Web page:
The U.S. mainstream media generally ignored the submarine incident. Newsweek published a cautious story on Oct. 6 quoting Sam Tangredi, director of the U.S. Naval War College’s Institute for Future Warfare Studies, as saying, “I don’t know if the incident occurred. The Chinese Communist Party and People’s Liberation Army Navy are not willing to admit mistakes.” He noted also that “Taiwan authorities have stated that they have no evidence that the incident did occur, and they would not have an incentive to hide it.”
Meanwhile, the Taiwan outlet Up Media took the subject in a slightly different direction, alleging that the “accident” was caused by an exploding torpedo. An Asia-based analyst who spoke to SpyTalk on condition of anonymity pointed out that the stories in Up Media were written by a correspondent previously based in Beijing with many contacts there, implying that the details may be mixed up and partly unreliable, but that there might actually have been a serious PRC naval accident of some sort south of Dalian.
The Chinese-language Liuyuan Network news site also picked up this story on Sept. 10. An anonymous blogger asserted that the sub in question was based in Qingdao, on the Yellow Sea coast. It claimed that there was an explosion—not of a torpedo, but of a YJ-18 cruise missile.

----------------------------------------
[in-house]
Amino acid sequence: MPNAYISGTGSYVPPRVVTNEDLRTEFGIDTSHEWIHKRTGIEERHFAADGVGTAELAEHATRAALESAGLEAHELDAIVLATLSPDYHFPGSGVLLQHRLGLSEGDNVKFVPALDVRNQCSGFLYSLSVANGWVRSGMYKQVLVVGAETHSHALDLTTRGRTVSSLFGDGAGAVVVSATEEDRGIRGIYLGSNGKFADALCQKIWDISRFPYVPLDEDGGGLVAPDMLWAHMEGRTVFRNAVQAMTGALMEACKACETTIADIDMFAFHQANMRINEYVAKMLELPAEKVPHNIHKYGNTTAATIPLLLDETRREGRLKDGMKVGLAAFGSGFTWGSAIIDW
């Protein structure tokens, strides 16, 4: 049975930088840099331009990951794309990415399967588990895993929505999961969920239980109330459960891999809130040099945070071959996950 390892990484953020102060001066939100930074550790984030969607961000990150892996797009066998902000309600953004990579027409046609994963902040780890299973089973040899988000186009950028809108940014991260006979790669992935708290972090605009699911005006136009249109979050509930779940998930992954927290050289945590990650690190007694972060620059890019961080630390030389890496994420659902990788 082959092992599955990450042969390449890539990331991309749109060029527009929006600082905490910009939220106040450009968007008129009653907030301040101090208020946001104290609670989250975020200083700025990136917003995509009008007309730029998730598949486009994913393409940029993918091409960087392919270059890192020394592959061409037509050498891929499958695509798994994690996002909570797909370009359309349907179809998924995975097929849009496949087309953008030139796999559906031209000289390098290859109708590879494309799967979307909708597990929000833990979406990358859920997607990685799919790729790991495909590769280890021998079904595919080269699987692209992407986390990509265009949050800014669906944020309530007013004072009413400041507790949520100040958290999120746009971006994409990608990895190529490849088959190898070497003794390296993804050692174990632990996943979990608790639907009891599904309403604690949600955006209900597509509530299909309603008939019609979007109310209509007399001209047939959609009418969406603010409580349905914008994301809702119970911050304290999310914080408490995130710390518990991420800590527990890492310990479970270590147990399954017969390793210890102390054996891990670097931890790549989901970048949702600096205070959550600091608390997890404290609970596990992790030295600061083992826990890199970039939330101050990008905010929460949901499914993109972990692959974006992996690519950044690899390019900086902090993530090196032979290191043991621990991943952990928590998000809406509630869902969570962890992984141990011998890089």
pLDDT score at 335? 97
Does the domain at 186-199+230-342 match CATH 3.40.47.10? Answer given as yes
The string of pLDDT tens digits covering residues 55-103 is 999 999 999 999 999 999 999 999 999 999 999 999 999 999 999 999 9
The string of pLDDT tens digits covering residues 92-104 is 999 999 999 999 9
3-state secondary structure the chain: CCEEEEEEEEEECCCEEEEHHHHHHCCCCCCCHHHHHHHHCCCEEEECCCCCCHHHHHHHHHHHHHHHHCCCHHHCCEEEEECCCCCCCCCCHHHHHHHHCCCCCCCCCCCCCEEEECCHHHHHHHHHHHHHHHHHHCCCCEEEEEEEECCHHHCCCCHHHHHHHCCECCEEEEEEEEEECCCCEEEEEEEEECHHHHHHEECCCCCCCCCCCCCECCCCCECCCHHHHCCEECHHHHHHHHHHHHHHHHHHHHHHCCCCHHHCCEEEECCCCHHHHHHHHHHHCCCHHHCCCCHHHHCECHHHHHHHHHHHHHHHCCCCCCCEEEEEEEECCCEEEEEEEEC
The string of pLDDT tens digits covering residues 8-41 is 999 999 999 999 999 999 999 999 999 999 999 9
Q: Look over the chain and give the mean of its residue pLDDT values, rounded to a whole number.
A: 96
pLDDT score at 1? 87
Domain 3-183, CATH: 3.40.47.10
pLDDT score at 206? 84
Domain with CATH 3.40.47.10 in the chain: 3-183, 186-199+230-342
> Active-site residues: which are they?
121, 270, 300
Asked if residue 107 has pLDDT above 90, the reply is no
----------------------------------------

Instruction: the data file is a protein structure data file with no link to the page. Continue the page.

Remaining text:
Liuyuan’s affiliation or backers could not be learned. It lists a Sugarland, Texas-based mobile phone number that does not answer.
Meanwhile a Vietnamese journalist, Duan Dang, published some hazy photos of the area south of Dalian that he said came from the Liaoning Maritime Safety Administration and showed that the PLA Navy had created an exclusion zone there for what looked like—to him—a rescue attempt.
SpyTalk could confirm neither the photos nor the exclusion zone. Clicking on the alleged URLs for the Liaoning Maritime Safety Administration returned the message: “ERROR: ACCESS DENIED.”
Nobody else reported evidence of Chinese ships rushing to the rescue.
“If it suffered a casualty as severe as that reported, it would likely generate a rapid response from a number of other Chinese naval vessels, both for security and search and rescue support,” said a retired U.S. Navy intelligence officer who spoke to SpyTalk on condition of anonymity. “The departure and other activities of those types of vessels would likely be observable by classified and open source intelligence.”
That’s not happened.
“Large nuclear submarines generally don’t just disappear without multiple indicators, and its reported position would be reachable for rescue and salvage operations, especially in the waters of the Yellow Sea” where depths are typically only 10-40 meters,” this person added. “There would be a number of Chinese naval ships responding to such an incident, and that much naval presence would be detectable, both in their absence from home ports, and their presence in the area of the reported accident.”
The retired officer also pointed out that open source providers have changed the calculus of keeping secrets in today’s surveillance landscape.